Smart districts have adapted. The school board in Upper Moreland, Pa., permits the district’s chief financial officer, Matthew M. Lentz, to sign off on contracts above $100, but under the state’s bidding threshold. Then he submits periodic reports to the school board for accountability summarizing the purchases, “the logic being that it would get bogged down so much if everything had to wait for board approval,” Lentz said. “So that gives us the latitude to get the materials we need, and recognizes that there is a trust factor.”
In the hurricane-prone gulf area of Texas, districts have occasionally run afoul of the Federal Emergency Management Agency when they’ve sought to waive the procurement process to expedite recovery efforts after a natural disaster, Smith says. The work-around? Smart districts put out an RFP to secure recovery services long before hurricane season happens—just in case.
Procurement is relational.
The stereotypical image of a procurement office probably looks a little bit like how we tend to picture the IRS: dim lighting, spreadsheets, and timelines on white boards. In fact, much of the job is actually relational, explains Andrea Sullivan, the director of procurement and contracts for the Washoe County district in Nevada, whose work has helped the district win many awards from the National Procurement Institute.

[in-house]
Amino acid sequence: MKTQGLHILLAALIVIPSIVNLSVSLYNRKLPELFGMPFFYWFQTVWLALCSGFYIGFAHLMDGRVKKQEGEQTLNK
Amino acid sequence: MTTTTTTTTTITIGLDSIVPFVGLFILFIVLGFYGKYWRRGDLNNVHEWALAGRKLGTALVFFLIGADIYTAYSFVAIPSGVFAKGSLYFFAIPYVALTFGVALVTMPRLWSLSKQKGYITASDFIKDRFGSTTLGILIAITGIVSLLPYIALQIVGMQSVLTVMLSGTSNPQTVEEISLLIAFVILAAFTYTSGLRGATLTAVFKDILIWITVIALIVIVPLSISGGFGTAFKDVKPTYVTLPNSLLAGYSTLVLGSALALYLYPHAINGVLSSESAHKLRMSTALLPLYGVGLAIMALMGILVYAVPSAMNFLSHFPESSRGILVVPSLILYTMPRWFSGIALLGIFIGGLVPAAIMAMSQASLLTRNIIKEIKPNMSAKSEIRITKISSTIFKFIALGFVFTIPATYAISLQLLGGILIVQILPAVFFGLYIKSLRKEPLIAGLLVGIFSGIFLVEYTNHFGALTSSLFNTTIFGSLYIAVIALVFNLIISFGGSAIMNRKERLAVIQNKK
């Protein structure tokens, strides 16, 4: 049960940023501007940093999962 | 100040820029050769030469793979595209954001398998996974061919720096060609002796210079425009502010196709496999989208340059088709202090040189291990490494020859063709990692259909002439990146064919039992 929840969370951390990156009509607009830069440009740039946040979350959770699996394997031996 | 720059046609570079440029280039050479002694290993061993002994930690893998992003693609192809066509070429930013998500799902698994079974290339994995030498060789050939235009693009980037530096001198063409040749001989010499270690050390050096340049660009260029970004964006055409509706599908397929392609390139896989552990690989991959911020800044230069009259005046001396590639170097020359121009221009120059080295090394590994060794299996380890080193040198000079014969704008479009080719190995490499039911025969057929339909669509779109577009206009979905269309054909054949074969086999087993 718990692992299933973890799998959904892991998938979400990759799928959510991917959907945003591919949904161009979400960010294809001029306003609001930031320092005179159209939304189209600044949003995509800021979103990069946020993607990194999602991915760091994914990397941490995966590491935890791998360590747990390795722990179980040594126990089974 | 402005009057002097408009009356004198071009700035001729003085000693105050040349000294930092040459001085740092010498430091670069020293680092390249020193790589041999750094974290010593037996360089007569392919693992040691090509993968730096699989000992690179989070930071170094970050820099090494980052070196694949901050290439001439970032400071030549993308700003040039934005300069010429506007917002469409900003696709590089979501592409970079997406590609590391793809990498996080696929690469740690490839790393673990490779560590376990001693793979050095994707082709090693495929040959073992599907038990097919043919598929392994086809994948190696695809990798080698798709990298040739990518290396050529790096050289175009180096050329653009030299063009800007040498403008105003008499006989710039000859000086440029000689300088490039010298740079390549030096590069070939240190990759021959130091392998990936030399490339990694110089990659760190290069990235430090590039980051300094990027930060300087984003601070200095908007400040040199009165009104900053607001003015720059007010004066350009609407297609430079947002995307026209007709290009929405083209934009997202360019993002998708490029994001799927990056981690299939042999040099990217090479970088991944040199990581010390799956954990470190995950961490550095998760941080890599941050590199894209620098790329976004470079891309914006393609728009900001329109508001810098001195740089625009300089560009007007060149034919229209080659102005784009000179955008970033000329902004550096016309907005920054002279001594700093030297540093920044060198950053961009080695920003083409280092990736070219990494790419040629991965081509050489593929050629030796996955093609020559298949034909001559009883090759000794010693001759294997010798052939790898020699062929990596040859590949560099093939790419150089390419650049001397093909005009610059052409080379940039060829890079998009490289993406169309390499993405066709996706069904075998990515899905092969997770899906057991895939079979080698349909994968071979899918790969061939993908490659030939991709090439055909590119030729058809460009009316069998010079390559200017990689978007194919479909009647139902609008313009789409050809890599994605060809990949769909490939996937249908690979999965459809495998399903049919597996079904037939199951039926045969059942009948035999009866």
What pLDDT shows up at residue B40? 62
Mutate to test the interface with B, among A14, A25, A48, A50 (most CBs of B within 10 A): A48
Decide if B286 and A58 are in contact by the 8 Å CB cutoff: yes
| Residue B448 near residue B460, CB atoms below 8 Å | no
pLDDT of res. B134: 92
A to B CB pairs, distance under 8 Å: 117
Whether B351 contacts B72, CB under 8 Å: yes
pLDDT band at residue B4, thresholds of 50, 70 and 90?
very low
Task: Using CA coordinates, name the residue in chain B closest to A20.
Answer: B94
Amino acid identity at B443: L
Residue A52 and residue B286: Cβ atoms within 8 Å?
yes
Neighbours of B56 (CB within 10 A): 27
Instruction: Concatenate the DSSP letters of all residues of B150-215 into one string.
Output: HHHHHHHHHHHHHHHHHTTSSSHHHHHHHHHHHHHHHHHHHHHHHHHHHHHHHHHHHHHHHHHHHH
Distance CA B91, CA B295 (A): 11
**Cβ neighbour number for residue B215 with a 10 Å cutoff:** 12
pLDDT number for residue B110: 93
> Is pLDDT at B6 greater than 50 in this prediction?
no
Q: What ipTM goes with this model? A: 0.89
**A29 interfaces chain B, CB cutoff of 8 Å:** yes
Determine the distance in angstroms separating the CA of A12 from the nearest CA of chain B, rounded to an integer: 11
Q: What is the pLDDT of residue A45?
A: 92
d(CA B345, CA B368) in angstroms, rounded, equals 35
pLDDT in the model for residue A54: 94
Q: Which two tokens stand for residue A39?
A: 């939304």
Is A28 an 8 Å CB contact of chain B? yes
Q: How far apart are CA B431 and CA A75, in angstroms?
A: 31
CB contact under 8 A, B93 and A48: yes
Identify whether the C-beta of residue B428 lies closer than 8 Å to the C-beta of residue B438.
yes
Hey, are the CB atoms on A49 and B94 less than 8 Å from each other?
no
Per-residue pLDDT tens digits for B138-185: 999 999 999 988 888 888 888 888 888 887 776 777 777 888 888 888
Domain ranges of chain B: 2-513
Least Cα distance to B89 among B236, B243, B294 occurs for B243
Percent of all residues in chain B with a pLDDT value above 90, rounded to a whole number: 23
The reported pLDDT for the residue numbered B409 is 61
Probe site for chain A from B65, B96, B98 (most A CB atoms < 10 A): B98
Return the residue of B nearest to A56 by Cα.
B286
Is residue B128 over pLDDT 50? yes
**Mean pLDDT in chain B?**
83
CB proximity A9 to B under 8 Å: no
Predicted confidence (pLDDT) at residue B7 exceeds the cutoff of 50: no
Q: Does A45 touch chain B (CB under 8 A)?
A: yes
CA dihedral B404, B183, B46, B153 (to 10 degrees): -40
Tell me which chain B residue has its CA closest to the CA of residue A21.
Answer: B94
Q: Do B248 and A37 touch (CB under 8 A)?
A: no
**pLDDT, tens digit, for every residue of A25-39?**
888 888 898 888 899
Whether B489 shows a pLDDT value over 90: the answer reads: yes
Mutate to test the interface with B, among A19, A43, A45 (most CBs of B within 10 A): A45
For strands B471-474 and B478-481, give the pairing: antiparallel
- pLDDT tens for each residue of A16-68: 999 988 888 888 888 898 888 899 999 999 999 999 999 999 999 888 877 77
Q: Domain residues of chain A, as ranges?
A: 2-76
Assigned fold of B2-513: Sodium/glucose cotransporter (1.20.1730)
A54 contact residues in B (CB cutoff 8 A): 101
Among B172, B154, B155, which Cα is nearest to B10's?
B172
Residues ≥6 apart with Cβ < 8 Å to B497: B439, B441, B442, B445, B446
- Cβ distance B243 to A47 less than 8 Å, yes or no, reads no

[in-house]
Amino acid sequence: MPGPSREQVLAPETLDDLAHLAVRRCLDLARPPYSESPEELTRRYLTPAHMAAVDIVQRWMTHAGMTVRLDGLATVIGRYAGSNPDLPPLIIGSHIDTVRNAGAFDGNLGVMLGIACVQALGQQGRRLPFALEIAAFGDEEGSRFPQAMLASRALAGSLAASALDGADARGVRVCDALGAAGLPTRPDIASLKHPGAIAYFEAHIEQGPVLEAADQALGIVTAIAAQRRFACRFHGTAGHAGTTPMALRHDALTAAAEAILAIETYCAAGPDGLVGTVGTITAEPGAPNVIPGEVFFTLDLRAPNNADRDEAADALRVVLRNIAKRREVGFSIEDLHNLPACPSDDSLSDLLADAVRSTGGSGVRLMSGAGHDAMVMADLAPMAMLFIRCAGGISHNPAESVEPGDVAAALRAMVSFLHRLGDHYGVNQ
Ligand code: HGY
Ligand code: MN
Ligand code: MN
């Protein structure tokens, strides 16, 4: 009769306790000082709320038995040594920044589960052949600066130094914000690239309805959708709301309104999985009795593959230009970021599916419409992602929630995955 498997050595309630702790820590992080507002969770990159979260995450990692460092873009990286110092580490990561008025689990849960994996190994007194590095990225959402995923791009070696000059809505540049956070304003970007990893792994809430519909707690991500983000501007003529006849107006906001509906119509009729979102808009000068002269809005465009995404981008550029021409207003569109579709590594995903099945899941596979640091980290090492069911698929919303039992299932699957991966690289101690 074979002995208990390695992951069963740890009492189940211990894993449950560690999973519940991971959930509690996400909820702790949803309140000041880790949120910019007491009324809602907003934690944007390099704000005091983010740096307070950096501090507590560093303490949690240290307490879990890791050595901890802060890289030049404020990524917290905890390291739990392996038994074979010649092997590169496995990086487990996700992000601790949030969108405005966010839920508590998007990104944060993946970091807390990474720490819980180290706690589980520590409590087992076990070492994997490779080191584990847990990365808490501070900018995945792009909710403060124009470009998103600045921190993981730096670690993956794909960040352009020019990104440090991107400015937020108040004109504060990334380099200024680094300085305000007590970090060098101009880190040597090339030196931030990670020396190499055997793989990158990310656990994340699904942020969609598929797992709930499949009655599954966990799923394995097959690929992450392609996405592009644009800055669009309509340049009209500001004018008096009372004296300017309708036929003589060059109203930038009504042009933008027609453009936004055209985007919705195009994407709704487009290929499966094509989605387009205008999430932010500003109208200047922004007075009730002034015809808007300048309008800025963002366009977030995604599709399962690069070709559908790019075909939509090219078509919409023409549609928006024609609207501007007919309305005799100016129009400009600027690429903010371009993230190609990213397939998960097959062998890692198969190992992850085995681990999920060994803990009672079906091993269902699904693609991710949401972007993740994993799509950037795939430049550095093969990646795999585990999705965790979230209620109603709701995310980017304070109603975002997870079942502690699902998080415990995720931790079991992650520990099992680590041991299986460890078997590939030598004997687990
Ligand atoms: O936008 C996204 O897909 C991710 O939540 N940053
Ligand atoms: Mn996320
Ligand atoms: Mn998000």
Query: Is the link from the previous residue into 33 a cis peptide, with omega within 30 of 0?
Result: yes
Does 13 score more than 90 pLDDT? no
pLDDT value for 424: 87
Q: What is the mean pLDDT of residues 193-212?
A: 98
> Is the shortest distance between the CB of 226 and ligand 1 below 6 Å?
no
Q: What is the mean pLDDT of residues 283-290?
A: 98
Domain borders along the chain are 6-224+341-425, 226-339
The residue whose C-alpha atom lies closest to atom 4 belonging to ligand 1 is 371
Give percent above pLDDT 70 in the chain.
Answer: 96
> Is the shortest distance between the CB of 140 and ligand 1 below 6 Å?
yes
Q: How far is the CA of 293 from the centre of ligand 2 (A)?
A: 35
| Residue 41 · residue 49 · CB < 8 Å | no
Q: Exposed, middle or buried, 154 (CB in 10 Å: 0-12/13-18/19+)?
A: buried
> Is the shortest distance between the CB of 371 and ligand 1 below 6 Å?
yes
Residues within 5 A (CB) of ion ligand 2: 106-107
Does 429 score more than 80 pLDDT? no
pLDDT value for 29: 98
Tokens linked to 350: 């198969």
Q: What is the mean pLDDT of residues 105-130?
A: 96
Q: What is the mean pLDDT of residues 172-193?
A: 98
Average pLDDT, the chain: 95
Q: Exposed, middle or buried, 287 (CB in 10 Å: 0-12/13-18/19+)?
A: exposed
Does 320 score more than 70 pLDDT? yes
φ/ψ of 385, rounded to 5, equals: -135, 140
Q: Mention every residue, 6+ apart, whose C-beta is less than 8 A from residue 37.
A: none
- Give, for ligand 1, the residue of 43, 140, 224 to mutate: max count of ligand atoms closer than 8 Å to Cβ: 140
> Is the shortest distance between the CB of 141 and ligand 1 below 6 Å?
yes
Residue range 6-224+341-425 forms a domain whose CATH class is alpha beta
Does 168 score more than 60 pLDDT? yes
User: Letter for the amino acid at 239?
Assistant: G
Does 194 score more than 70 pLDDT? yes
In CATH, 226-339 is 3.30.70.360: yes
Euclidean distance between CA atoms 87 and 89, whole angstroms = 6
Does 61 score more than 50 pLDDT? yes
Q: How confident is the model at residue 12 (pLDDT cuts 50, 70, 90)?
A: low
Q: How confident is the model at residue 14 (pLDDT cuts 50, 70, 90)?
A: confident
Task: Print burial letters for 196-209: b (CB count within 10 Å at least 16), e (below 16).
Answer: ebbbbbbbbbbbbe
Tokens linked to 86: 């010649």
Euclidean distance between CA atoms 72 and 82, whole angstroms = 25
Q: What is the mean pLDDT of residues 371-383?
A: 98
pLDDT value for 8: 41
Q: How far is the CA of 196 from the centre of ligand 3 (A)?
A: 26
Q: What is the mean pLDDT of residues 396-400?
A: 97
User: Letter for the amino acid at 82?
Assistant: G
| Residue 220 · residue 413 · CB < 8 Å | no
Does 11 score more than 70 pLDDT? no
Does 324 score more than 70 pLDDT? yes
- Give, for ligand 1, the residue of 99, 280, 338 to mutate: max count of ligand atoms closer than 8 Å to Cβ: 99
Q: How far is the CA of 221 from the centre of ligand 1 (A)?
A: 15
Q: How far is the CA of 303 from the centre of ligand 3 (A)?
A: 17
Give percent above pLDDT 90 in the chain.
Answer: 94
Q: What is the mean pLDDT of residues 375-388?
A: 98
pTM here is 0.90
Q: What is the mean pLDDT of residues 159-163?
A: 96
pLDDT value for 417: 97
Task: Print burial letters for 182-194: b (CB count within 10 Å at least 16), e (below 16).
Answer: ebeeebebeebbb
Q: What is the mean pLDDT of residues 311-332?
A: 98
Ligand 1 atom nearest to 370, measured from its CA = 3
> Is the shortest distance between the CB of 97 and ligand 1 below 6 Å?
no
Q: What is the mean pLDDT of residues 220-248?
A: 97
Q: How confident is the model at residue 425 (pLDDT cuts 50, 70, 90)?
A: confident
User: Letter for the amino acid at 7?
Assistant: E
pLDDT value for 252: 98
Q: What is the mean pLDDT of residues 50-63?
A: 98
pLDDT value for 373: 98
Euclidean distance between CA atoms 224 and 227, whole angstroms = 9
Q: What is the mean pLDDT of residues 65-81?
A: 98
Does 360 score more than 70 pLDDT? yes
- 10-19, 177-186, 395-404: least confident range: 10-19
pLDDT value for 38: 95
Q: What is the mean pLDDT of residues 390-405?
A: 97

Keeping in touch with vendors can be especially important for small, rural areas where there are a limited number of vendors, and as economic factors change the contours of the marketplace, she says.
One of Washoe County’s largest procurement challenges has historically been getting enough bids for construction. A building boom in Nevada followed by an epic crash during the Great Recession that wiped out dozens of construction companies has led to a hotly competitive construction market now that the economy has improved.
And school district construction isn’t typically at the top of vendors’ lists. It requires people to work funny hours, like in late afternoons or summers, when students have gone home. That can make the contract potentially unattractive.
“We’ve really tried hard here to solicit feedback, and figure out if you’re not participating, why aren’t you participating? What could we do to make our work more interesting? What could we do to get you to consider bidding?” Sullivan says. And it’s led the district to be more flexible, like extending the timeline for completion of the work so that a contractor can juggle several jobs at once, she said.